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The Thing

4.3 out of 5 stars 13 customer reviews

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Product details

  • Unknown Binding
  • Publisher: Sheed & Ward; New cheap ed edition (1931)
  • Language: English
  • ASIN: B00089PJGI
  • Average Customer Review: 4.3 out of 5 stars  See all reviews (13 customer reviews)

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4.3 out of 5 stars
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By C. Hawkes TOP 1000 REVIEWERVINE VOICE on 18 Jun. 2012
Format: Kindle Edition Verified Purchase
G.K. Chesterton's output in the field of literature is prolific and well-known; his Father Brown stories are still read and loved today. Unlike C.S.Lewis, who claimed to have "smuggled Christianity" in his novels, Chesterton's philosophic take on Christianity s often explicit in his writing.

In The Thing: Why I am a Catholic, however,Chesterton writes personally (and episodically) about his Christian beliefs and his decision to enter the Catholic Church - and philosophically about the implications of his Catholicism in his own life and his world view.

Whether Christian or not, any reader interested in an empirical discussion about the relationship between belief and behaviour will find this thought-provoking. And, being by GKC, it is of course intelligently written. It is a fixture in my Kindle collection.
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Format: Hardcover
Another of G.K. Chesterton's excellent collections, this one entitled 'The Thing', published in 1929. It has 35 enjoyable and thought provoking papers:

1. Introduction

2. The Sceptic As Critic

3. Is Humanism A Religion?

4. The Drift From Domesticity

5. Logic And Lawn Tennis

6. Obstinate Orthodoxy

7. The Usual Article

8. Why I Am A Catholic

9. What Do They Think?

10. The Mask Of The Agnostic

11. The Early Bird In History

12. Protestantism: A Problem Novel

13. A Simple Thought

14. The Call To The Barbarians

15. On The Novel With A Purpose

16. The Revolt Against Ideas

17. The Feasts And The Ascetic

18. Who Are The Conspirators?

19. The Hat And The Halo

20. On Two Allegories

21. The Protestant Superstitions

22. On Courage And Independence

23. The Nordic Hindoo

24. Spiritualist Looks Back

25. The Roots Of Sanity

26. Some Of Our Errors

27. The Slavery Of The Mind

28. Inge Versus Barnes

29. What We Think About

30. The Optimist As A Suicide

31. The Outline Of The Fall

32. The Idols Of Scotland

33. If They Had Believed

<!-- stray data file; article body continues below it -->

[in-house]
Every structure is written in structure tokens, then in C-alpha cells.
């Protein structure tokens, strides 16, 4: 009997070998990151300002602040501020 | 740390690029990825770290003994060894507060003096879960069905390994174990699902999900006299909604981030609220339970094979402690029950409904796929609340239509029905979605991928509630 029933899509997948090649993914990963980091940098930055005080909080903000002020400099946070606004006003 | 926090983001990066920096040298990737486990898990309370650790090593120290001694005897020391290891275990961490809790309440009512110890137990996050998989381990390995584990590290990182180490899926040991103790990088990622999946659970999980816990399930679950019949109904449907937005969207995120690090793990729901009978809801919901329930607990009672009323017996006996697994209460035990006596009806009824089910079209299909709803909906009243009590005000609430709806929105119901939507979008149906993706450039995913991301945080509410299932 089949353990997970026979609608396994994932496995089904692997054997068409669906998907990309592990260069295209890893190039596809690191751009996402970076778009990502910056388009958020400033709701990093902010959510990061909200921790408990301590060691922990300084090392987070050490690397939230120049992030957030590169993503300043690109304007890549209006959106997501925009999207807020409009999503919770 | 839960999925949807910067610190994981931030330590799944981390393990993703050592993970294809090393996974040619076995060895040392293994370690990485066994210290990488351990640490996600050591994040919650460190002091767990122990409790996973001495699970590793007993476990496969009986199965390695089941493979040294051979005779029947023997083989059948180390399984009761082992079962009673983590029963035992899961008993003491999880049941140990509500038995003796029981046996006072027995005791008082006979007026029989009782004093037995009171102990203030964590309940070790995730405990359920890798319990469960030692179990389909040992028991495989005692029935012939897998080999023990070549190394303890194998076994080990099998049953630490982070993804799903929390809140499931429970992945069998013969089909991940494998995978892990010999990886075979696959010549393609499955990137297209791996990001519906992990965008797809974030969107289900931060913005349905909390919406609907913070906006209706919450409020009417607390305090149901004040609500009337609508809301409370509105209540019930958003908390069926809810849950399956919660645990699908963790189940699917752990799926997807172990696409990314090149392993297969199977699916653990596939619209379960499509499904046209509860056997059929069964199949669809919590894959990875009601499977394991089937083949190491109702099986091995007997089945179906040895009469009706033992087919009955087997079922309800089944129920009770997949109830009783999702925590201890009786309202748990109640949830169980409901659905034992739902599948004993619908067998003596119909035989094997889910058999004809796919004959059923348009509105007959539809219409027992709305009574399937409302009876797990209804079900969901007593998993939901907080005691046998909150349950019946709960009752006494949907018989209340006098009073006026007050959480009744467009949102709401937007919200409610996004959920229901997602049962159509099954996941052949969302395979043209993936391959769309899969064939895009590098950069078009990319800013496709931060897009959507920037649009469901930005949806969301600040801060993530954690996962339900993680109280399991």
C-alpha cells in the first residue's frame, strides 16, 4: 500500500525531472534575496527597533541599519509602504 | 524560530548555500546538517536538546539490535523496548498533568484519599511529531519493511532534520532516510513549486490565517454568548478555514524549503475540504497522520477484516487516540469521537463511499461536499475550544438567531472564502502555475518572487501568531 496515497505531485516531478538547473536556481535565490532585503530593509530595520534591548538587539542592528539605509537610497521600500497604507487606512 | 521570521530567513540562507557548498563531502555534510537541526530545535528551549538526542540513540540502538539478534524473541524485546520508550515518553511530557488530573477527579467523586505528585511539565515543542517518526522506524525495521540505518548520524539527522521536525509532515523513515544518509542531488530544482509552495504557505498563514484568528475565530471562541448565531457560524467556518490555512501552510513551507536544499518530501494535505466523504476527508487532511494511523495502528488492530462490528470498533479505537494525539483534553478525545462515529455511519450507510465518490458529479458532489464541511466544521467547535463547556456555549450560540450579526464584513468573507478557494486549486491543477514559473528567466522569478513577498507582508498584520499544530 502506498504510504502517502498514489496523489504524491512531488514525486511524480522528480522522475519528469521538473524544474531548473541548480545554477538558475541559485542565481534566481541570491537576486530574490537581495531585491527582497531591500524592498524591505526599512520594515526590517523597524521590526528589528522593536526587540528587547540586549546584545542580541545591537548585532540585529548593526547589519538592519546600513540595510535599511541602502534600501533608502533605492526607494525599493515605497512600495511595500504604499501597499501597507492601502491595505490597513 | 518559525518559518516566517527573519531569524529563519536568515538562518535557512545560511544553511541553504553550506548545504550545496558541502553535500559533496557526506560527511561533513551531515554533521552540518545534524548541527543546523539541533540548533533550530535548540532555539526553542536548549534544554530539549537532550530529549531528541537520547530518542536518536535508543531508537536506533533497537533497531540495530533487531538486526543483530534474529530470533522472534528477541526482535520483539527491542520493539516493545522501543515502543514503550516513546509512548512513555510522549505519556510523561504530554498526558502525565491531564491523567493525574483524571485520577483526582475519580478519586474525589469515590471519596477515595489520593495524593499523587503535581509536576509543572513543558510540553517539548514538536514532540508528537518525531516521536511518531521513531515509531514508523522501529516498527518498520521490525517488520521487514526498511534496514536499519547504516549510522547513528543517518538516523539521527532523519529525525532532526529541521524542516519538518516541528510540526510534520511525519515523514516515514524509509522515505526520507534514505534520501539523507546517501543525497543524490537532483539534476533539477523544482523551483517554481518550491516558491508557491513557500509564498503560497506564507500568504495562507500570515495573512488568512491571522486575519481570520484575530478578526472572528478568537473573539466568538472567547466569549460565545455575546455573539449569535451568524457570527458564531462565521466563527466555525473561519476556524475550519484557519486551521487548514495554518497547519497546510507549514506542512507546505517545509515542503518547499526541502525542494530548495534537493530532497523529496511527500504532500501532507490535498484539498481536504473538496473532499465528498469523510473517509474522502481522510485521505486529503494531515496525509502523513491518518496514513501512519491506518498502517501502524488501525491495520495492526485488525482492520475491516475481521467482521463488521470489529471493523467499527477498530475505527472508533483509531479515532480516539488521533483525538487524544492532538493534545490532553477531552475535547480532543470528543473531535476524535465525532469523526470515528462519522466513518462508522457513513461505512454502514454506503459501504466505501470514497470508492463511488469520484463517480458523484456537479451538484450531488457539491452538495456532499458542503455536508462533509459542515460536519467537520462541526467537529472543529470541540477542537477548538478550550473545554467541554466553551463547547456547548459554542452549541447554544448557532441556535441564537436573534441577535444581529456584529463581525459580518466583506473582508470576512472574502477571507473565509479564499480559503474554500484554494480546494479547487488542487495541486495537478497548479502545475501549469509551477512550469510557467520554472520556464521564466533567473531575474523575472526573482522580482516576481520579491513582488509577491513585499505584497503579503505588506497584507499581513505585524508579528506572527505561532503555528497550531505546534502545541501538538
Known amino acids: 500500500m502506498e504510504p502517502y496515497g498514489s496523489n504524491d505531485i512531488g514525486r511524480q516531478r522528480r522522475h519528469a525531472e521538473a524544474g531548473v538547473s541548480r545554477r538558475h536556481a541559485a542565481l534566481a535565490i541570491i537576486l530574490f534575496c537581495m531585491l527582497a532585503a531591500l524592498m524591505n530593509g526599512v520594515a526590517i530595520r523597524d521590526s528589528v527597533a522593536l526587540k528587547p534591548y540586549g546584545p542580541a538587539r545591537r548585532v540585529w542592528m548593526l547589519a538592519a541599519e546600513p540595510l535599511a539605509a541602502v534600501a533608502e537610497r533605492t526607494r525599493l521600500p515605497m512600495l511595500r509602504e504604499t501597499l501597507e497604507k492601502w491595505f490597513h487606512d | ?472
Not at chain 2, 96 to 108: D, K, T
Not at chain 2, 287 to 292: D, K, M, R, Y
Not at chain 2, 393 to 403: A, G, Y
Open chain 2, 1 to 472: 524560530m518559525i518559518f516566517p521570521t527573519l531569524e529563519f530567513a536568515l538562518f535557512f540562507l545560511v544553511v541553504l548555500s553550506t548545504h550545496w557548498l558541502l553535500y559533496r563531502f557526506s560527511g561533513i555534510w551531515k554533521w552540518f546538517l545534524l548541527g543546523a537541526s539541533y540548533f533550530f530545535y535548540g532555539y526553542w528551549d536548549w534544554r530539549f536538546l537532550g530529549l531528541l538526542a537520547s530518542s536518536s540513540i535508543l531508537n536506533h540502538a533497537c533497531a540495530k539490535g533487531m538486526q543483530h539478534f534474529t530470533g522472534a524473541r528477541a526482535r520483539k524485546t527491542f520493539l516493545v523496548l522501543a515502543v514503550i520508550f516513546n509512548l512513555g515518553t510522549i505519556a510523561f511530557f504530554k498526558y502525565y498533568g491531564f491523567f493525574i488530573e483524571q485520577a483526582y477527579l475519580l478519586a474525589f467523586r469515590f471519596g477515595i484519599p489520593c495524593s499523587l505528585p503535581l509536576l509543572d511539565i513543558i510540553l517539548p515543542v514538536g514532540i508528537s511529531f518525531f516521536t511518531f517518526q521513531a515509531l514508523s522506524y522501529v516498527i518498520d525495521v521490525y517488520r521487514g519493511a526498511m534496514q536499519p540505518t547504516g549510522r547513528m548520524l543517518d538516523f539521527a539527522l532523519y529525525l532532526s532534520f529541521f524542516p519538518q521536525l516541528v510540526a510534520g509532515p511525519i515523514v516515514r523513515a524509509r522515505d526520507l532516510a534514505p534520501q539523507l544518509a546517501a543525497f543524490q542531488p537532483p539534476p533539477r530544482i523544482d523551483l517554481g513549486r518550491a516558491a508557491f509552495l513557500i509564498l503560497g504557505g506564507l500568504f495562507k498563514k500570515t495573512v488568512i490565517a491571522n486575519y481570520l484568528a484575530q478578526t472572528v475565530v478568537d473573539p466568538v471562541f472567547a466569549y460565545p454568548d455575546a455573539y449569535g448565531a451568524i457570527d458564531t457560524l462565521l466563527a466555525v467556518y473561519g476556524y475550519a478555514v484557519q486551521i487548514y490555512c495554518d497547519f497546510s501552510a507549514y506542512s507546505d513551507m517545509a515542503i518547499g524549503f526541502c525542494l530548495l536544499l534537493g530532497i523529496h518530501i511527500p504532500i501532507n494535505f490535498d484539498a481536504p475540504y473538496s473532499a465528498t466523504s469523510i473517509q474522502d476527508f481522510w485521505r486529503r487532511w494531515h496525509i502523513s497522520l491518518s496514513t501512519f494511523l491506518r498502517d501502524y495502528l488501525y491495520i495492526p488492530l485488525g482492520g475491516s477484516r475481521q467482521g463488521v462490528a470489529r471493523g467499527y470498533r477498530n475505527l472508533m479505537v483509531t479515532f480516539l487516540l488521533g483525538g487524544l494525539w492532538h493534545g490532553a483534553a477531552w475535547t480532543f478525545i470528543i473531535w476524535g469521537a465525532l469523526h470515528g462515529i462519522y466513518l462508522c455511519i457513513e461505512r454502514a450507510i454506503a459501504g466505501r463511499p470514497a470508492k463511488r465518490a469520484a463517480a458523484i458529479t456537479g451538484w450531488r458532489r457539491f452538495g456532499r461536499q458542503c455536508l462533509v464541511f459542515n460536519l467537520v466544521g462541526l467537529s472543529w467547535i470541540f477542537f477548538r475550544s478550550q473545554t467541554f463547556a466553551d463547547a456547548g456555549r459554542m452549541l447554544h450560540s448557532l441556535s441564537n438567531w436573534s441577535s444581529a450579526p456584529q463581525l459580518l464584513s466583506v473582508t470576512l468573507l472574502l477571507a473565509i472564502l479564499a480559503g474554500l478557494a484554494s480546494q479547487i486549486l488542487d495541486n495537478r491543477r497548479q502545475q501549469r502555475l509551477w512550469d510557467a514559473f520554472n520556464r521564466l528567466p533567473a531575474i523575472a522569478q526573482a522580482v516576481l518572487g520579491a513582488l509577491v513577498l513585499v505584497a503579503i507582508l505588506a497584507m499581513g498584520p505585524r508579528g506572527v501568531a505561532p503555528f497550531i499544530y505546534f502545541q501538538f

34. Peace And The Papacy

35. The Spirit Of Christmas
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Who else, apart from Cardinal Newman or CS Lewis is better for being a proponent of Catholicism. This book is written in plain, easily understandable English, and with conviction.
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I am still struggling to find out why Chesterton was a Catholic - this is a motley collection of essays written in a very wordy style that often loses the point along the way. The articles are very, very much based in his time with many references to people and views that mean nothing to the modern reader but which aren't explained because, at the time he was writing, everyone understood.
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When most of us would use one word,Chesterton uses five. So he seems to take forever to make his point. Nevertheless worth reading as he does make many a good observation and some truly interesting arguments. Witty too.
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Chesterton brought his considerable intellect to bear on his exposition of his beliefs,but he never lost friends or the respect of those
who were on the other side of the argument.
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I find Mr Chesterton a little too verbose for my liking. Perhaps it's my lack of understanding.

It seems to me that he is in the middle of an argument with some others of whom I do not know. I realise of course that he is defending the catholic faith against some ridicule or other but, until I actually know the argument it leaves e with a constant question mark. Again this may be due to own lack of knowledge on the subject
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